About a year ago I began looking into getting a medical cannabis card for a number of reasons, primarily because I found myself experiencing some pretty intense stuff after a month of sobriety causing me to kind of lose my mind. I didn't drink (I had been steadily increasing my habitual, self-medicating drinking since I was 21 but it really shot up about 2 years ago) and I didn't smoke any marijuana for about a month.
I wrote in my first introductory review for this column I felt, “... like my head is a beehive being hit with a flaming baseball bat. Anyone around me is subject to a sobbing distrust and screaming rage that my mind tells me is their fault. The anxiety is unforgiving, freezing my body—it tells me everyone hates me, everyone I have ever loved wants nothing to do with me because I'm so broken. It says if I move, I'll die, so maybe I should go ahead and move and get it over with.” So yeah, it was a pretty fucking terrible time.
On a recent visit, the considerate staff at CG Corrigan reminded me I was about 90 days out from my card expiring. I thanked them and set out to find the most cost effective place to renew my license. After some research, I found that NM Brief Relief offers this service—and after seeing David Valdez, the knowledgable owner of the nonprofit speak in-depth covering a variety of topics at Weekly Alibi's 2017 Hempfest—I was confident that his staff would be able to help me.
I went to the NM Brief Relief website, filled out a renewal application and waited a couple days. When I hadn't heard from them I called their office, left a message and still got no response. I was leaving for vacation the following week, so I decided to just head over the next day and see if I could get in during my lunch break. (They ended up returning my call about a week later when I was on vacation.)
I had a difficult time finding the office because there was no sign in front of the location when I drove by the first time—which is super weird—but once the sign was out I did find it and the staff was helpful, patient and encouraging. Normally they prefer folks to make an appointment ahead of time because the doctors are on a rotating schedule between the Albuquerque and Española locations. Luckily enough, I showed up during the lull of the late afternoon lunch hour and I was able to get in to see a doctor right away after filling out the necessary paperwork.
I was nervous about the interview because I knew they would have to know exactly why I have PTSD—it's not something I talk about lightly because I still experience triggers and intense reactions when discussing those traumas—but the doctor was very respectful and knew when to stop, let me take a break and then continue the interview. When the question, “How has the program helped you?” came up I was suddenly overcome with emotion because in retrospect, medicinal cannabis has been enormously helpful for me in every single aspect of my life.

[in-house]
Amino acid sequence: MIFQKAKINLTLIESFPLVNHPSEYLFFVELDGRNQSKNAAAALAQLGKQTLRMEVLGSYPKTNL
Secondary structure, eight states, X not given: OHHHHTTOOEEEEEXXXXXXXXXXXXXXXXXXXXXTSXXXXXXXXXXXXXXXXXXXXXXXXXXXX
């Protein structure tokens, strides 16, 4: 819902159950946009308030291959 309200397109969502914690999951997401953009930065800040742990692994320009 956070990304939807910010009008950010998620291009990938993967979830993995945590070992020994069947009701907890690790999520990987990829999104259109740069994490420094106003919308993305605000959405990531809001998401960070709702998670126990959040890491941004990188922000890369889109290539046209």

When I experience symptoms, I take what I need—not an entire pill, no Xanax or any antidepressants, which I find personally very unpleasant to take. Medicinal cannabis alleviates my pain, stress, anger or however my disorder may negatively manifest, and I feel like I can breathe. I'm able to take a step back and I can recognize where the feelings are stemming from and stop them from fully burgeoning. I feel it all melt away and I can see everything clearly. It's been a miracle for me.
The doctor recorded all of our conversation, approved my application and explained that the company would hand deliver the paperwork to the N.M. Department of Health themselves to make sure it actually got there and that I should receive my card in 30-60 days. (When I applied last year at R. Greenleaf I was told 60-90 days but received it in just over a month, so I don't anticipate the wait to be too long.) All-in-all the renewal cost me $108 including tax, which is great because at a lot of places it can end up being closer to $200, sometimes more. The prices, guidance and intelligence of the staff at NM Brief Relief certainly makes it worth the time to find them—pro-tip, it's behind Nexus Brewery.
And regarding my distaste for depending on those substances that I mentioned—I realized after that month that I had forgotten about the institutional stigma around mental illness and marijuana. There is absolutely no shame in taking medication whether that is Xanax, antidepressants, marijuana and the like … It's about using resources responsibly to live your best life healthily and be the best version of yourself, so I feel no shame about using medicinal marijuana anymore. I know from my personal experience with doctor prescribed medications that it doesn't work well for me but I have found something that does work well—extremely well—and that's something to be proud of and thankful for.